It wasn’t an easy decision for my parents. They had to move 250 kilometers away to seek their education. They were leaving their home, their community, their family, and the life they had created there. The only things they weren’t leaving were their hopes, their dreams and each other. Priorities.

You could see ounces of anxiety crop into the faces of some community members as they began to digest the thought of losing a pair of dedicated community members. Other faces were full of support and admiration. Many didn’t understand and their faces were crippled by confusion: a 50 year old farmer returning to university?

Occasionally I would encounter a face that said, “It’s a midlife crisis. They’ll be back in a year.”

Nope.

My father got the biggest round of applause and hoots and hollers as he strode across the convocation platform, but his success did not cast a shadow on any others who walked the stage that day. The loud congratulations at that ceremony were not only for his success in completing his degree, but chiefly for shattering all obstacles and grabbing his future by the b-… books.

Dad’s fellow students and professors have all been astounded by his enthusiasm. He approaches education with an eager heart and child-like vigour. One of his professors approached him, saying, “It says here that you’re a mature student. Clearly they don’t know you.”

My father has been awarded many scholarship, been on the Dean’s List, and cut through countless serious stereotypes projected by professors and fellow students alike. His work ethic and willingness to adapt and transform himself into a truly improved individual are astounding. If only there existed a scholarship or award that could adequately capture the extent of his accomplishments.

Perhaps there is one.

Today we are encouraged to honour our fathers. So, Dad, since I have nothing of material value to offer you today, and you already have all of my love, I would instead like to present you to the world as my Father of Inspiration.

Forgetting who we are

Our identity exists at the core of everything that we do in life. Our sense of self, as hard as it is to discuss in language and science, is fundamental to everything we experience.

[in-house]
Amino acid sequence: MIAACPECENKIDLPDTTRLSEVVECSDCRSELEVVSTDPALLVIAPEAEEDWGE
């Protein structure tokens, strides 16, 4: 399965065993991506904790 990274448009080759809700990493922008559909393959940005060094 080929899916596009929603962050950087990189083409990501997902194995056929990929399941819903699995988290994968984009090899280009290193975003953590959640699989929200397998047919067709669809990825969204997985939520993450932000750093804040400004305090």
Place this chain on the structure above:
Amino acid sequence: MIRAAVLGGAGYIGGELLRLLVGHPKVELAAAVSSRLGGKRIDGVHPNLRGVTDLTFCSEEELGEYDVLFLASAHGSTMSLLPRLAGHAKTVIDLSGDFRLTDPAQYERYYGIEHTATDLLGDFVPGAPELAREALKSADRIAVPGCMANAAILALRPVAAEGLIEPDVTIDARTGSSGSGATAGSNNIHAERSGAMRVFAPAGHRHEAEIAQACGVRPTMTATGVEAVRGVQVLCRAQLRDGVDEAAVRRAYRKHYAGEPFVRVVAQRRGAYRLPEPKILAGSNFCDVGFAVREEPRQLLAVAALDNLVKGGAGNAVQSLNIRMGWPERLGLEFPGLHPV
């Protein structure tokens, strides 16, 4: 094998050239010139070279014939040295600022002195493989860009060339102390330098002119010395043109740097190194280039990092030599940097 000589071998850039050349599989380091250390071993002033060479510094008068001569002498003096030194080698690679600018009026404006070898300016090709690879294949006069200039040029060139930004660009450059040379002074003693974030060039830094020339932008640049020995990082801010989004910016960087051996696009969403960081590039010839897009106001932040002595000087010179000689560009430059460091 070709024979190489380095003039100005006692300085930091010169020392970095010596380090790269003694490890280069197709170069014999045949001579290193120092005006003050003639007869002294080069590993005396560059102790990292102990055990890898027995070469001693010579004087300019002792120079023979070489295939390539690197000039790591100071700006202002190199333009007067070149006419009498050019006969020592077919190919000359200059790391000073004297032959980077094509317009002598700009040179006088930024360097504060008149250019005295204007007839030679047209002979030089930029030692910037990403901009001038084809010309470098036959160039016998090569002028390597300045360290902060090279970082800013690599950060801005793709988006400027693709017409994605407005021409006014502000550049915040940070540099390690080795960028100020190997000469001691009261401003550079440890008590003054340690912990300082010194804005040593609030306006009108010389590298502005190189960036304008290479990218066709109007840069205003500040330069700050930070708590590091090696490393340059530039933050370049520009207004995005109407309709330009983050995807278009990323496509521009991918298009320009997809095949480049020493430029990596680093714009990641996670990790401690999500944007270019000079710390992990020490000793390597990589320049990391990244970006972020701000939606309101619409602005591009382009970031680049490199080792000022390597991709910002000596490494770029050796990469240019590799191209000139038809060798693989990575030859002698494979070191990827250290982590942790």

How is it possible then, to forget who we are? You might be thinking about the various forms of amnesia present in studies of psychology and sensationalized in our fiction. Anyone with personal experience with the loss of a friend or family member to any form of amnesia or dementia understands how deeply painful it can be.

Here I am talking about the everyday experience of forgetting who we are. I am talking about the sense of losing touch with our innermost desires and dreams. I am talking about how the external demands of the world can drag us further and further from a state in which our wishes and hopes for our lives are being realized by our actions.

Who are we?

If you ask someone who they are, they might tell you their name and what they do for a living. Pressed further, they might tell you about their family situation and hobbies.

Who are we really?

This question has nagged me for years. It was in the writings about humanistic psychology that I found the answer that has satisfied me the most (so far). The self is not a thing to be identified and scrutinized. The self is an evolving experience.

So you and I, or at least our sense of our selves, is a set of continually transforming experiences. We experience our innermost self – and the outside world – simultaneously. For most experiences, these two worlds are inseparable.

How can you forget an evolving experience?

You might ask, “Well, if I accept your claim that my ‘self’ is an experience, how is it possible for me to forget who I am?

You are happening every day. Every time you make a choice or think a thought, you are happening. Every time you feel happiness, pain, or sadness, you are happening. Every one of these experiences resonates with your being to greater or lesser extent.

We all have activities that we prefer over others. Broadly speaking, each of us will have a set of experiences that we identify as pleasurable, and a (mostly distinct) set that are painful. We generally organize our lives around the idea of maximizing our well-being in whatever manner seems right to us.

Our dreams and aspirations are often deeply connected with those things that we like to do or states of being that we would like to enjoy.

We forget who we are by forgetting to experience those things that resonate deeply with us.

Acting towards our dreams

Our choices shape our experiences. With every experience, we are becoming something new. Some experiences are deeply connected with our dreams and aspirations while others are not.  If our actions are aligned towards the achievement of one of our dreams, then our experiences will be filled with some of the pleasure that pursuing our dream gives us. This experience reinforces our choice if it is pleasurable, but can cast doubt on our path if it is painful.